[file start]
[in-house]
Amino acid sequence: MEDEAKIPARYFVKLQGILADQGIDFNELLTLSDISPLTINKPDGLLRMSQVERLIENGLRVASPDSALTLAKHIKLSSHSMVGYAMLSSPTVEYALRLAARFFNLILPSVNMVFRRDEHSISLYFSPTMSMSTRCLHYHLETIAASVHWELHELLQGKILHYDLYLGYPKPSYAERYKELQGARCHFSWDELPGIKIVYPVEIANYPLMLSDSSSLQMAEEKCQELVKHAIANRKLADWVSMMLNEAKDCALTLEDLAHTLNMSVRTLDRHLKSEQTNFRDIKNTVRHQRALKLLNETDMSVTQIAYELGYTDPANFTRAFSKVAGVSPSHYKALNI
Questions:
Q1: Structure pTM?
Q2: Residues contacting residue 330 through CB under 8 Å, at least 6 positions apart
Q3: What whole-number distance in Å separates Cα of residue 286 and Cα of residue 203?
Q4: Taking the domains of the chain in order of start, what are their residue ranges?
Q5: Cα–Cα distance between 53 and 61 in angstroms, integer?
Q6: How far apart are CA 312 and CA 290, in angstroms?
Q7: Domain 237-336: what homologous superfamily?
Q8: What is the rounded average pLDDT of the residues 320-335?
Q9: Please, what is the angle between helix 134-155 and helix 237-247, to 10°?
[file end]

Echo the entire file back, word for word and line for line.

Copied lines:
[in-house]
Amino acid sequence: MEDEAKIPARYFVKLQGILADQGIDFNELLTLSDISPLTINKPDGLLRMSQVERLIENGLRVASPDSALTLAKHIKLSSHSMVGYAMLSSPTVEYALRLAARFFNLILPSVNMVFRRDEHSISLYFSPTMSMSTRCLHYHLETIAASVHWELHELLQGKILHYDLYLGYPKPSYAERYKELQGARCHFSWDELPGIKIVYPVEIANYPLMLSDSSSLQMAEEKCQELVKHAIANRKLADWVSMMLNEAKDCALTLEDLAHTLNMSVRTLDRHLKSEQTNFRDIKNTVRHQRALKLLNETDMSVTQIAYELGYTDPANFTRAFSKVAGVSPSHYKALNI
Questions:
Q1: Structure pTM?
Q2: Residues contacting residue 330 through CB under 8 Å, at least 6 positions apart
Q3: What whole-number distance in Å separates Cα of residue 286 and Cα of residue 203?
Q4: Taking the domains of the chain in order of start, what are their residue ranges?
Q5: Cα–Cα distance between 53 and 61 in angstroms, integer?
Q6: How far apart are CA 312 and CA 290, in angstroms?
Q7: Domain 237-336: what homologous superfamily?
Q8: What is the rounded average pLDDT of the residues 320-335?
Q9: Please, what is the angle between helix 134-155 and helix 237-247, to 10°?